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19 December 2018, 10:39 | Updated: 19 December 2018, 10:41
She’s the soprano whose style has been nicknamed “no syllable left unstretched”. But aside from cramming endless runs into her melismas, what exactly is Mariah Carey doing with her voice?
Mariah Carey, known for her extraordinary whistle notes and five-octave range, has a voice that people have been obsessed with for years.
And she has an exceptional way of producing it: through and with the help of nodules – a word that would bring fear into the hearts of most singers – on her vocal cords.
“Dolphins would hail her as a kindred spirit. And she could nail those Queen of the Night arias from Mozart’s Magic Flute,” says professional soprano and Classic FM presenter Catherine Bott.
Using her hit song ‘Without You’, written by Pete Ham and Tom Evans of Badfinger in 1970, we asked Catherine Bott to analyse Mariah Carey’s vocals.
Famously re-released by Harry Nilsson in 1971, ‘Without You’ won a Grammy for Record of the Year. Paul McCartney later called it “the killer song of all time”.
Its power comes from a bunch of really simple, but really emotive piano chords. The way Nilsson uses the opening chords to build up to the climax of the chorus, only to bring us straight back down again, is just agonising.
But then in 1992, Mariah decided to release this cover version. And it was... different.
“In the original, there’s a little retake on the ‘yes it shows’,” Catherine Bott says. “But Mariah Carey makes it: ‘yes it really shows’. Then, she comes back to the same tune, and she really goes for it: ‘it’s time to let you know, what you should know’.
“The chorus, she sings in a very strong chest voice. It’s raw, naked, visceral singing, and it sounds a bit like a shout.”
“Mariah is brilliant because she takes that shouty voice higher in pitch than any classical singer that I’ve ever met. It’s really, really impressive.
“Then when she sings ‘yes it shows’, there’s a twiddly bit she does that covers an octave and a half. That’s really brilliant, and so effortless.”
If Nilsson’s style is quiet, lonely anguish, Carey’s is a deafening, public display of agony.
Bott continues: “Towards the end of the song, we get a huge gospel sound coming in, because Mariah is doing a live gig in this recording.
“She’s not in a studio all lonely on her own, she’s got a huge and enthusiastic audience in front of her, she’s got a great big band and four fabulous swaying backing singers behind her who are going to let rip.”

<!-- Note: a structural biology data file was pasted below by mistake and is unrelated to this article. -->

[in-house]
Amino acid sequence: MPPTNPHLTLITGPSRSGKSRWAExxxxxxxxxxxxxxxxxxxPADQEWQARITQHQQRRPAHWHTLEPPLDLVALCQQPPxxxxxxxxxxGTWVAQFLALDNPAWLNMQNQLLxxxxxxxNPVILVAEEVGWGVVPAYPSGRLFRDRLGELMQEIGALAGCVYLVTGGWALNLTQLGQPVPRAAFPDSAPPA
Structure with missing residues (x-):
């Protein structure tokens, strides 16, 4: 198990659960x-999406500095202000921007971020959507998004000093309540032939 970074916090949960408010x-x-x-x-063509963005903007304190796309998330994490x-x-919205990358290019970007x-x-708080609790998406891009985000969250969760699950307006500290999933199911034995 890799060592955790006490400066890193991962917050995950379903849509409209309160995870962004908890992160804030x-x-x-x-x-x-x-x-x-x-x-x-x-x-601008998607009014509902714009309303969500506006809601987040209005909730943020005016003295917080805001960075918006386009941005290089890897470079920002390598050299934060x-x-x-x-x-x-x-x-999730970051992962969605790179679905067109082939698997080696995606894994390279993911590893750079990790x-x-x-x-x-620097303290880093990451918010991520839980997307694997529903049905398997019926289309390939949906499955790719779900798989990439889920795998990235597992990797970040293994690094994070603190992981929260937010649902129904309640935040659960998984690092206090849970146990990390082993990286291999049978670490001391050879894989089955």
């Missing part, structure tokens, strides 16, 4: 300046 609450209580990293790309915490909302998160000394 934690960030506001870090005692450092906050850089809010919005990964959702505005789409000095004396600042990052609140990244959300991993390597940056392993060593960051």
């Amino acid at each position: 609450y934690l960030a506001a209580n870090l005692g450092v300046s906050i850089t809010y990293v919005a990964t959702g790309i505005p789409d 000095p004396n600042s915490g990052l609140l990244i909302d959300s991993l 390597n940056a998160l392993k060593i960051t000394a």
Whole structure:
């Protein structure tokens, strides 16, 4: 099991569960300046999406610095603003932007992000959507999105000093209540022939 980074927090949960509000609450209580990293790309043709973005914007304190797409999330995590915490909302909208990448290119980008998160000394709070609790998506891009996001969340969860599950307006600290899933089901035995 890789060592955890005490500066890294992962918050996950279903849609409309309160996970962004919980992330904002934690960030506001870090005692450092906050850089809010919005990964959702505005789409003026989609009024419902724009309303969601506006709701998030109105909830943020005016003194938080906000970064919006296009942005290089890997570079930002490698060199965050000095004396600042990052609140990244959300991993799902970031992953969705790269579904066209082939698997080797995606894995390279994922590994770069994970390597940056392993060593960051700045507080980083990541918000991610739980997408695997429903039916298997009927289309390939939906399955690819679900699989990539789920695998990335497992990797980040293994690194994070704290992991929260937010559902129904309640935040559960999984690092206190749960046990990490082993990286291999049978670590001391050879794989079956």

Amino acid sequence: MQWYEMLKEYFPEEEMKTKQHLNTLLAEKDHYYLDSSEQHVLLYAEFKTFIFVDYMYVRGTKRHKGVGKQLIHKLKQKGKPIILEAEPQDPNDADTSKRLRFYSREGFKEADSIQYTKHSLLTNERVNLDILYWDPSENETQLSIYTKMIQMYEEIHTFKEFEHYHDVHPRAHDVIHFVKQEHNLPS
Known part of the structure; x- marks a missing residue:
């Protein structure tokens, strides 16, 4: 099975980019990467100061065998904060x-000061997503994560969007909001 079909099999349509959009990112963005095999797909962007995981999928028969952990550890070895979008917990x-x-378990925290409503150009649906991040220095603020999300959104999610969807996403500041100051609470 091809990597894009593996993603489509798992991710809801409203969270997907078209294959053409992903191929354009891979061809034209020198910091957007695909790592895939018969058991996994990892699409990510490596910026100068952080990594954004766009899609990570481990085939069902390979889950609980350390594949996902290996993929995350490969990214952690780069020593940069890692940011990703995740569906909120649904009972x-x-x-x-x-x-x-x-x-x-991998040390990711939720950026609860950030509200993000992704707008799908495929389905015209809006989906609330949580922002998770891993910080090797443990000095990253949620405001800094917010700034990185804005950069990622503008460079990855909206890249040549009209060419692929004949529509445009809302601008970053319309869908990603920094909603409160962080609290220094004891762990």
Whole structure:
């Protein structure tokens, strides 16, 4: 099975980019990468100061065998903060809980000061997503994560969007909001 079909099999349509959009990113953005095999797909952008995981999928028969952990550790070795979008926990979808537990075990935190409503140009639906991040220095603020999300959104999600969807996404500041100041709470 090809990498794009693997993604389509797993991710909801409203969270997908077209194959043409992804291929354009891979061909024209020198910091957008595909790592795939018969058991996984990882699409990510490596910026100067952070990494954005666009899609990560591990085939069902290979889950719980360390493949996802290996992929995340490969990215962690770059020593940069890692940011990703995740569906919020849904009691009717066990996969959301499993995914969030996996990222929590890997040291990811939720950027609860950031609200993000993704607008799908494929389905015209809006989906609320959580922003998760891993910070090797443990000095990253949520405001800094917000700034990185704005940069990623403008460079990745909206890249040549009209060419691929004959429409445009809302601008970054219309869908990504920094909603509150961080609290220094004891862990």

Despite Mariah’s tendency to revert to ‘diva’ mode no matter the context, her cover of ‘Without You’ proves she is anything but a copycat artist.
“At the end, she shows us it’s really been exhausting to perform it,” says Catherine. “And it probably has, because she’s put a lot of emotion in. But in a classical coloratura number, the singer would always be keen to make it look absolutely easy-peasy.
“However, unlike classical performances, where your main aim really is to share someone else’s – the composer’s – intentions in their music, in pop, it’s your job to put your stamp on everything.
“So although Mariah has used Nilsson’s famous piano chords at the beginning and the end, she’s completely made it her own. This is Mariah, being really unhappy in a crowd. So that way, it doesn’t sound like a cover version.”
Mariah Carey’s version of ‘Without You’, although it is decidedly very ‘Mariah’, has also been labelled a ‘by the numbers remake’.
Bott explains: “You could say that perhaps, this is a song about somebody who is heartbroken at having been abandoned by somebody they love. And this great big treatment of the song, with all its virtuosity, takes all the intimacy of the lyric away.
“She’s taking a great song and in order to customise it for her, she’s using all the formulae she uses to sing.”
If it’s raw, honest emotion you’re after, you might be better off sticking to Nilsson’s version.
But if you want a flavour of Mariah’s killer formula: melismas, finger-waggles and utterly virtuosic singing, you’ve come to the right place. Here she is singing ‘Emotions’, with whistle notes aplenty: